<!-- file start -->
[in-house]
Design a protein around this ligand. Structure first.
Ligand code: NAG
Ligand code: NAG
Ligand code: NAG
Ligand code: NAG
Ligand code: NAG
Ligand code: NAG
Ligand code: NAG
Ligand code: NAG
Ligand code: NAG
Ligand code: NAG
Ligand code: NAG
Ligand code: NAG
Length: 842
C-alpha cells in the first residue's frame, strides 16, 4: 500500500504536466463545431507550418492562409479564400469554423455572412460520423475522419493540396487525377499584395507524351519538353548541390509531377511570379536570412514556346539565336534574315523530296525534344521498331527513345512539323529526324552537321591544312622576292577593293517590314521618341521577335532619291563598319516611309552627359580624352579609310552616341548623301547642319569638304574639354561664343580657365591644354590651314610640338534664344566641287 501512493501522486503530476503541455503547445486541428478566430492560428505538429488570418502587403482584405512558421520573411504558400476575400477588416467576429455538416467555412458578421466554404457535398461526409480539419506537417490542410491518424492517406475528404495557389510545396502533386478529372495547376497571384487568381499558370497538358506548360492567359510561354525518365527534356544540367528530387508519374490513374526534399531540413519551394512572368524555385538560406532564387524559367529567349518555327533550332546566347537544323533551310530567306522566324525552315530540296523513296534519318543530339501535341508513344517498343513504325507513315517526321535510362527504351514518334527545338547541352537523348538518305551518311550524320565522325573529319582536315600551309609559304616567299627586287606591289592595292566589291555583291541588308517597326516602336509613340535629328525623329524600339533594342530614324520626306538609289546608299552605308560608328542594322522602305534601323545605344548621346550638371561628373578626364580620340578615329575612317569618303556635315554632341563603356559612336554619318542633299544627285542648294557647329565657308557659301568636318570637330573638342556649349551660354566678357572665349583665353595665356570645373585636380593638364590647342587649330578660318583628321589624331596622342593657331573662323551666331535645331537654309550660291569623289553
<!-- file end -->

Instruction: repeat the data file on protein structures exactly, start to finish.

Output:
[in-house]
Design a protein around this ligand. Structure first.
Ligand code: NAG
Ligand code: NAG
Ligand code: NAG
Ligand code: NAG
Ligand code: NAG
Ligand code: NAG
Ligand code: NAG
Ligand code: NAG
Ligand code: NAG
Ligand code: NAG
Ligand code: NAG
Ligand code: NAG
Length: 842
C-alpha cells in the first residue's frame, strides 16, 4: 500500500504536466463545431507550418492562409479564400469554423455572412460520423475522419493540396487525377499584395507524351519538353548541390509531377511570379536570412514556346539565336534574315523530296525534344521498331527513345512539323529526324552537321591544312622576292577593293517590314521618341521577335532619291563598319516611309552627359580624352579609310552616341548623301547642319569638304574639354561664343580657365591644354590651314610640338534664344566641287 501512493501522486503530476503541455503547445486541428478566430492560428505538429488570418502587403482584405512558421520573411504558400476575400477588416467576429455538416467555412458578421466554404457535398461526409480539419506537417490542410491518424492517406475528404495557389510545396502533386478529372495547376497571384487568381499558370497538358506548360492567359510561354525518365527534356544540367528530387508519374490513374526534399531540413519551394512572368524555385538560406532564387524559367529567349518555327533550332546566347537544323533551310530567306522566324525552315530540296523513296534519318543530339501535341508513344517498343513504325507513315517526321535510362527504351514518334527545338547541352537523348538518305551518311550524320565522325573529319582536315600551309609559304616567299627586287606591289592595292566589291555583291541588308517597326516602336509613340535629328525623329524600339533594342530614324520626306538609289546608299552605308560608328542594322522602305534601323545605344548621346550638371561628373578626364580620340578615329575612317569618303556635315554632341563603356559612336554619318542633299544627285542648294557647329565657308557659301568636318570637330573638342556649349551660354566678357572665349583665353595665356570645373585636380593638364590647342587649330578660318583628321589624331596622342593657331573662323551666331535645331537654309550660291569623289553